That's not new! one might yell out upon reading the title, but that colon between Blue and Butcher marks the start of a new concept and a space transformed, with the bottom bar area doubling as a butcher shop slicing up the tastiest cuts of meat your heart can muster desire for.
The ground floor is still that cool street-side bar for casual sipping and people watching, but it's also now a butcher shop, so you can get your cut of meat to cook up at home after you've finished your cocktail. Upstairs, it's a brighter, airier space than the previous dark den, and there are lots of huge leather bench booths for families and larger parties. Otherwise, it's much the same as the previously colon-less Blue Butcher. They are continuing their environmental initiatives that are practised throughout Maximal Concepts restaurants, such as no plastic and palm oil used in any of their restaurants, and 90 per cent of their seafood is from sustainable sources.
There's a new butcher on the block and he's called Jonny Farrell, a Northern English bloke with a passion for all things meat. He'll be providing a bespoke butchery service and sharing his knowledge on cuts directly with customers. Plus he's got a very cool meat-cutting room, lined with pink Himalayan salt bricks to seep a slightly sweeter taste into the meat. On the way up the stairs to the restaurant you can watch him putting his cleaver to work in the best macabre way possible. Jonny is gleeful like a kid in a candy shop, carving up bacon behind his showcase window and explaining the cuts to eager, drooling customers. Watch out for our interview with the meat man himself next week.
Award-winning mixologist extraordinaire Suraj Gurung has some new flavours on the menu that include a few dessert cocktails for a fun way to drink your afters. We sampled the Warhol, which was topped with chilli oil, and then the dangerously moreish Revolver, a whisky, absinthe and lemon sherbet concoction that will leave you thirsting for another round (pun fully intended).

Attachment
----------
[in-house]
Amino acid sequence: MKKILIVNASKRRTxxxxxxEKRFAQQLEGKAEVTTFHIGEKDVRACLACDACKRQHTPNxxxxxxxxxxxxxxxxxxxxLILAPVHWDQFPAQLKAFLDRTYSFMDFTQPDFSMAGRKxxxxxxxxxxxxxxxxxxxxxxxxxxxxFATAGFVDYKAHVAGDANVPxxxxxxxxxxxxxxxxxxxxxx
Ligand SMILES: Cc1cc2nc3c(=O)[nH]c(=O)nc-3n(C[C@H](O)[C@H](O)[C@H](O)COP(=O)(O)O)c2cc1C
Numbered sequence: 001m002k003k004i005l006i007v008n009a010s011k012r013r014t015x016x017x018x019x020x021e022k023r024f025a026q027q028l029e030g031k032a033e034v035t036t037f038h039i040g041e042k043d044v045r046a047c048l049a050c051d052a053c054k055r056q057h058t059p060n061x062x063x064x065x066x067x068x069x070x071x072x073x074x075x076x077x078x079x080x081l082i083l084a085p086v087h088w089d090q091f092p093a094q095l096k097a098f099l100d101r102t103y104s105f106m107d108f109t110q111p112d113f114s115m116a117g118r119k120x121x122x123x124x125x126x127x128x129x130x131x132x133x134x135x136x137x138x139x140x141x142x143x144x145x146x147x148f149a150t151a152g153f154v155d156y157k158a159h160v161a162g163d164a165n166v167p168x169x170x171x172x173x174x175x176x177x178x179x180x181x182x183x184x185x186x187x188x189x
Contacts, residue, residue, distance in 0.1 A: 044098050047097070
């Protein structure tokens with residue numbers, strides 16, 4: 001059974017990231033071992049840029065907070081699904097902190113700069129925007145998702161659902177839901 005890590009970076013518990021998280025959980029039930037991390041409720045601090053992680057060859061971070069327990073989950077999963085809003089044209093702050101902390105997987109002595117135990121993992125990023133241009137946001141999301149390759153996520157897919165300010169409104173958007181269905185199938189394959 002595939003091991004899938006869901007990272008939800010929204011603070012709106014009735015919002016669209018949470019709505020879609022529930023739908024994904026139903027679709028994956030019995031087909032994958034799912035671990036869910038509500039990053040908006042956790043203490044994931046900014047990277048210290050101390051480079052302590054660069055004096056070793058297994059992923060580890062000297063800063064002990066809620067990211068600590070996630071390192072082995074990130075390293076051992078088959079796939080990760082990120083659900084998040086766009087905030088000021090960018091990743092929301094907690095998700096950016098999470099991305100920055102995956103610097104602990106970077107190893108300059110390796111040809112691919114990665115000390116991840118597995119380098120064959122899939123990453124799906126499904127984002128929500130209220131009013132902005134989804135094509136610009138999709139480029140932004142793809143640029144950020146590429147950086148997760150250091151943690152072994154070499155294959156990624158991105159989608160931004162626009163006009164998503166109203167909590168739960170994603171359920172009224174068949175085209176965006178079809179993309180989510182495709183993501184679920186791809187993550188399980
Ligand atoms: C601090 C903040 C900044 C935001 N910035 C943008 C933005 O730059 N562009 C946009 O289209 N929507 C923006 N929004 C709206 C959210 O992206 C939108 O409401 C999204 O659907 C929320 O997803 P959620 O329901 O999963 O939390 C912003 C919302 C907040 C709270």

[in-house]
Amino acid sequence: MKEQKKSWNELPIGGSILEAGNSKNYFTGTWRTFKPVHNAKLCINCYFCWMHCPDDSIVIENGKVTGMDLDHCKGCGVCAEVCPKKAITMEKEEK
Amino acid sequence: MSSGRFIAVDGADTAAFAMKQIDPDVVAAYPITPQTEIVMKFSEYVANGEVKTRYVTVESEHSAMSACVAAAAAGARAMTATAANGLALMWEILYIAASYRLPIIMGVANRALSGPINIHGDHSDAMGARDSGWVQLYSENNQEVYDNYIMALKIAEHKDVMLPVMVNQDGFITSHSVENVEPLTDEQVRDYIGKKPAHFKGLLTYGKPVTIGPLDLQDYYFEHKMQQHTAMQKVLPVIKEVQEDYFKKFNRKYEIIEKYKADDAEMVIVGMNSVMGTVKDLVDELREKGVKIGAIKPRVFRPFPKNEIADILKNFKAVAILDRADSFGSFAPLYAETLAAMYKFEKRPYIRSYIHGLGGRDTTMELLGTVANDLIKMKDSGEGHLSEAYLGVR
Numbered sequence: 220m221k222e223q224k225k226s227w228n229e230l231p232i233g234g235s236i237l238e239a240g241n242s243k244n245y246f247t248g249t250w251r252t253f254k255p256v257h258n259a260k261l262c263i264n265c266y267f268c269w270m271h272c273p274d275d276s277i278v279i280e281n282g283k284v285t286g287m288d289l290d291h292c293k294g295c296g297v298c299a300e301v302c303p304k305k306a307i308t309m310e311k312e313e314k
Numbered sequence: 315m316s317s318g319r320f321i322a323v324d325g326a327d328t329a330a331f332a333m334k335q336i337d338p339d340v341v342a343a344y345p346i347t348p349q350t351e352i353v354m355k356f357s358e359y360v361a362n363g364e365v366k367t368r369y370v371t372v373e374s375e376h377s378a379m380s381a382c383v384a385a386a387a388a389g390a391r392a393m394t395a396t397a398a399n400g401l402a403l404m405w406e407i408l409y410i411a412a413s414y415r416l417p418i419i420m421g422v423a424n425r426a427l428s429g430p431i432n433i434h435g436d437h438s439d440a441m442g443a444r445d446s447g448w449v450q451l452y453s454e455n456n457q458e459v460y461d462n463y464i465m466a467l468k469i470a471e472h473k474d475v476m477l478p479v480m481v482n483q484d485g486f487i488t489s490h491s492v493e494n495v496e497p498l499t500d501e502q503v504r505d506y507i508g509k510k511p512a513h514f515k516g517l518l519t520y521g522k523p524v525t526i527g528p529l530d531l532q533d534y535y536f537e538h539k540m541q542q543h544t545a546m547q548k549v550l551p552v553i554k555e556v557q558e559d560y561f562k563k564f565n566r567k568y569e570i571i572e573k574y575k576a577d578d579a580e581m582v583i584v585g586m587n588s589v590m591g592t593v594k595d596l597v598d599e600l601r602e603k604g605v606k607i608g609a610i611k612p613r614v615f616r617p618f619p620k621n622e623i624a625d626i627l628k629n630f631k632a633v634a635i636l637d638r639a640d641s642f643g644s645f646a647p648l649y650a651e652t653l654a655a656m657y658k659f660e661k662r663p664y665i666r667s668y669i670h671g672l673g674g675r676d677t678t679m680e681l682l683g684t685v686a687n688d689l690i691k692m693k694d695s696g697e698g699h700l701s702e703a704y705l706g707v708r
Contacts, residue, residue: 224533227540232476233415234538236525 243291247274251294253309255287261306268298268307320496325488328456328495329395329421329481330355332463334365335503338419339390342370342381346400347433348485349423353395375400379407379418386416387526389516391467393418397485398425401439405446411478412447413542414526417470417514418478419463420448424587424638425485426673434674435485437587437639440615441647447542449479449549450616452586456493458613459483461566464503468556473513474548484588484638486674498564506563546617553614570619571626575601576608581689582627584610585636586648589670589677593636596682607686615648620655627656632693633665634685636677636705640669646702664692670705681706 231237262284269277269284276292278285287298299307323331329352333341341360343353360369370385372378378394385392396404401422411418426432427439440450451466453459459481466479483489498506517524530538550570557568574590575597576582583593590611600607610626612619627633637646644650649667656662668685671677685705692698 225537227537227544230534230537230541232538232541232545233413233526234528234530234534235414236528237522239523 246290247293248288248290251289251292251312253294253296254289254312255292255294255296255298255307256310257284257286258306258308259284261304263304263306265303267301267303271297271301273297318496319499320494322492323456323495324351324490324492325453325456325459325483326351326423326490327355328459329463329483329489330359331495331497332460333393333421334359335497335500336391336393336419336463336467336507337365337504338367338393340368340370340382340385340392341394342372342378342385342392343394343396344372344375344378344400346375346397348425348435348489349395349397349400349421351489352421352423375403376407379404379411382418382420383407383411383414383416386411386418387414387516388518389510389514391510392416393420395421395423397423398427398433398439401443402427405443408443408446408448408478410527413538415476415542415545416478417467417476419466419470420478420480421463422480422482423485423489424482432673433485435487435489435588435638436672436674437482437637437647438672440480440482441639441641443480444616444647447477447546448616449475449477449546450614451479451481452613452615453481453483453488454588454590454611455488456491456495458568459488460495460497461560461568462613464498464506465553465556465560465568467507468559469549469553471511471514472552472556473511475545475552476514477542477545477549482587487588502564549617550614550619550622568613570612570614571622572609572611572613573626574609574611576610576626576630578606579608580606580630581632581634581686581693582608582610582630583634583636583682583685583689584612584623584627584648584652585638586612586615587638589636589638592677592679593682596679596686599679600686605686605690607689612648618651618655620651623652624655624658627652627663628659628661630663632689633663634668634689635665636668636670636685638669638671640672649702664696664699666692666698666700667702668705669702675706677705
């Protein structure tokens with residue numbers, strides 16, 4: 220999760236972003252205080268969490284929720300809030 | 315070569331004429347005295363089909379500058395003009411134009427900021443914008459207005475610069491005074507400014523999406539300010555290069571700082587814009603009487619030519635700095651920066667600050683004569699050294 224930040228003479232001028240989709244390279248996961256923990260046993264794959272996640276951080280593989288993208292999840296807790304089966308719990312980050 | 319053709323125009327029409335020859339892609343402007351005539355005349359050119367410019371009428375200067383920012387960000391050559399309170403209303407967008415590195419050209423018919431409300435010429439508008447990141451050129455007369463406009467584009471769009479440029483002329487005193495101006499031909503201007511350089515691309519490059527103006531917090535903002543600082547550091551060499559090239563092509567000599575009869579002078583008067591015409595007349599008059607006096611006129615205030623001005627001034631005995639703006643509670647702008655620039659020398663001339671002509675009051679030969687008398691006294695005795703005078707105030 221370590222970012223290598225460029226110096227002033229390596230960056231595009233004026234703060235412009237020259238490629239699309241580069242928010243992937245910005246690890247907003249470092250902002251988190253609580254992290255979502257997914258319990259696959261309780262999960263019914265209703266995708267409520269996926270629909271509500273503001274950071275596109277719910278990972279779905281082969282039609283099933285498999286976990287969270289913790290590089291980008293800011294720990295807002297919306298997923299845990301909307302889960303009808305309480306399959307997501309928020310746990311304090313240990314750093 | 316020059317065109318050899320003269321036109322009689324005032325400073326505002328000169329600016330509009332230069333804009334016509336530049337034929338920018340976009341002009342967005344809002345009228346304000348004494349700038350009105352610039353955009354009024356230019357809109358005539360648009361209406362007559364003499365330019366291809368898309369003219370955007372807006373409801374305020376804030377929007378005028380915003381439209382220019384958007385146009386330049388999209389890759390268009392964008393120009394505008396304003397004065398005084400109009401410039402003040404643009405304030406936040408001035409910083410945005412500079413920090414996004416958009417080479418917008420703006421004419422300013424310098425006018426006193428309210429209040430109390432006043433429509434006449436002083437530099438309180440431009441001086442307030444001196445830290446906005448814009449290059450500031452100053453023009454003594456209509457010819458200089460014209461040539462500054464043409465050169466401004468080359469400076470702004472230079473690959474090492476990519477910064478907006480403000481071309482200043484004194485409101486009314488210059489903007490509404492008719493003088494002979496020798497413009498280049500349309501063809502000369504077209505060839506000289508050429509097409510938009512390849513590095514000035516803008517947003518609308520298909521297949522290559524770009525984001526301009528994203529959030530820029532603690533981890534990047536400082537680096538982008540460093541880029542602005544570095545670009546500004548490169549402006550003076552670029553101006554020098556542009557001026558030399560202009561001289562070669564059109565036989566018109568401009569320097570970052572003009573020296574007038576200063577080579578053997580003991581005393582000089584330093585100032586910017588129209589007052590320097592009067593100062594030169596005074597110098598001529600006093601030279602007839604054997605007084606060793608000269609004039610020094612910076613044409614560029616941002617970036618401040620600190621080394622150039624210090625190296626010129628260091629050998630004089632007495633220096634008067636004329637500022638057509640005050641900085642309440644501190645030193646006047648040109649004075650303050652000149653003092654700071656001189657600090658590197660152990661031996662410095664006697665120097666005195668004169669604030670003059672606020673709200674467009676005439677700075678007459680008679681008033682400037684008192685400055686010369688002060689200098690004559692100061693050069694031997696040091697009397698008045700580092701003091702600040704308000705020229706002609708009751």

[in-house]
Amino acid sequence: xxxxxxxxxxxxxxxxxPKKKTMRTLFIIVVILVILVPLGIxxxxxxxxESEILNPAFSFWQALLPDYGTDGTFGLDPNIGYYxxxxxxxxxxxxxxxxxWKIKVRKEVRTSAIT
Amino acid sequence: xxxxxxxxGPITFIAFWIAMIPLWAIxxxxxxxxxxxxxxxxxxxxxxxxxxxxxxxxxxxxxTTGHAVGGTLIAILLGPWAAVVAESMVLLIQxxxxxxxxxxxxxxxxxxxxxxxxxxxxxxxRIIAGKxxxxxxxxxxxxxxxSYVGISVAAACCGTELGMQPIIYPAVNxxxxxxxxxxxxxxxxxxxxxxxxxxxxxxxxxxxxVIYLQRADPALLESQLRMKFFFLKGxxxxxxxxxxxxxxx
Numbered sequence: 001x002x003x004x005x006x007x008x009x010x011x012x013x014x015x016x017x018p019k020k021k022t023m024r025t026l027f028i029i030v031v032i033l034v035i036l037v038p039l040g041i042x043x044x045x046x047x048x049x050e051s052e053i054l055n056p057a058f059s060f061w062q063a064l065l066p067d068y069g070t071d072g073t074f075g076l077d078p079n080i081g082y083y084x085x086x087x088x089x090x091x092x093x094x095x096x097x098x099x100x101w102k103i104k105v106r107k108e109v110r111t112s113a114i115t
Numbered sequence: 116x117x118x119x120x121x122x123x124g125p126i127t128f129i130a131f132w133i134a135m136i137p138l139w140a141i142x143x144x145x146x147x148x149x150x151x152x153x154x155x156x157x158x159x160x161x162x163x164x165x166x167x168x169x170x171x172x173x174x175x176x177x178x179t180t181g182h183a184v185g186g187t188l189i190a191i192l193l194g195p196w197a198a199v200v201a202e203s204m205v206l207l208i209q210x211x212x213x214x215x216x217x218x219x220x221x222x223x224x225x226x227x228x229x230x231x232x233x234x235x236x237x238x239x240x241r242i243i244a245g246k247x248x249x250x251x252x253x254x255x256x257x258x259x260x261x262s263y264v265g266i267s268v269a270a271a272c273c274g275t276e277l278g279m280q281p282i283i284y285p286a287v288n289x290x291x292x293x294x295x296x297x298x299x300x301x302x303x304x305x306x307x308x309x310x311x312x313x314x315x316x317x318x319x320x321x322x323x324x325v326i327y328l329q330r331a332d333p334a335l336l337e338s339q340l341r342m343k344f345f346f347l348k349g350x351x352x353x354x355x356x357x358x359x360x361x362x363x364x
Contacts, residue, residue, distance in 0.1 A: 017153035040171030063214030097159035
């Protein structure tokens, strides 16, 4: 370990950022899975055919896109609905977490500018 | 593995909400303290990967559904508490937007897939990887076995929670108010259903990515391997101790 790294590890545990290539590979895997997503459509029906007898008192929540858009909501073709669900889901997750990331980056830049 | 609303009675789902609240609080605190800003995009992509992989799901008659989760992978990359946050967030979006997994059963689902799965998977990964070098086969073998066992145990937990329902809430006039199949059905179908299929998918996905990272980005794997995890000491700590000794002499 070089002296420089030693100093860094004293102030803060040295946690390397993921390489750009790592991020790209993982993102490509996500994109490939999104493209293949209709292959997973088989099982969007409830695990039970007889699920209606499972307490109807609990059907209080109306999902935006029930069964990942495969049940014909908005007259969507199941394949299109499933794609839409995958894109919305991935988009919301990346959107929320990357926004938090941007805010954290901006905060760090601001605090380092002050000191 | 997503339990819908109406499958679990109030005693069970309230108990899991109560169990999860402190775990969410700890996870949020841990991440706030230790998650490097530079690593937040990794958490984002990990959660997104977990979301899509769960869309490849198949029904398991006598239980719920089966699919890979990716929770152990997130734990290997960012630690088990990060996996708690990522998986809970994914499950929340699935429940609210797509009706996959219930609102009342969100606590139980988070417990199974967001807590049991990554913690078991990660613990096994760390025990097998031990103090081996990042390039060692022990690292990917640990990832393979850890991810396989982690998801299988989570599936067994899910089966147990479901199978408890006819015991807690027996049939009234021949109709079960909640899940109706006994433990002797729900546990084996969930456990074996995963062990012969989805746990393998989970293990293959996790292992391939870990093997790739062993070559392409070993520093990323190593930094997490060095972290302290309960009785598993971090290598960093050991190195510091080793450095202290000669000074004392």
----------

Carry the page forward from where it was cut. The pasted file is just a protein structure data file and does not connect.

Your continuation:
The first food item we were presented with was the start of a new era of meat-based enjoyment for us. A candle crafted from the fat of the Rubia Gallega cut of beef was placed before us, accompanied by a bread basket. The candle was lit, emitting a tantalising meat-filled aroma, by the master butcher himself as he proudly told us its origins. The drippings proceeded to pool at the bottom, waiting to be scooped up by a slice of Blue's home-baked bread. This was a joy in every respect, from the unexpected delivery to the whisper of sea salt flakes and sumptuous fatty flavour – it's pure bliss on bread. This is the kind of candlelit dinner a foodie appreciates.
A gorgeously presented tower of tuna tartare came along with wheels of radish sesame crackers for a light crunch underneath the intense flavours of the acidic fish. Scallop ceviche (a dish Chef Edgar Sanuy is renowned for and frequently experiments with) came next, with curls of cucumber and green apple and the surprise tang from raspberries, which cut beautifully through the balsamic and dill guacamole. We tore through the fleshy octopus with its bitter taste complements of charred leek and a highly appropriate ink mash. The Rubia Gallega croquette didn't fully exploit the rich flavour of the meat, so we saved ourselves for seconds of the rich bone marrow, which is the most beautiful guilty pleasure.
The main event was next up, which is what you've heard mentioned twice already: the 45-day dry-aged Rubia Gallega. This is the name of the 12– to 16-year-old Galician blonde cows that spend their early lives working hard as milking cows in Spain. They are then literally put out to pasture, where they spend a decade or so of retirement chewing on grass. This easy life, where they're no longer expected to produce, relaxes the cows' muscles, producing a tender (but don't expect young cow tender) and extremely flavourful steak from, give or take, 18 years of grassy goodness. When the steak arrives, it's an alluring and glistening hunk of meat, with the fat on the ends curled up like juicy fingers. The first taste provides a unique, almost cheesy flavour that's intense and concentrated in every chew of the beef. Chef Edgar recommends combining it with a simple green salad dressed in balsamic to cut through the dramatic taste, with enough acidity to cleanse the palate, and this worked perfectly together.
The pastry chef prepared exquisite arrangements to end the meal, from the red velvet cake layered delicately with chocolate and raspberries, to the unexpected delight of the sweetcorn ice cream on Valrhona chocolate cake, to the hidden depths of the refreshing lime sorbet beneath a spiky head of meringue and lime curd. Just try to abstain.
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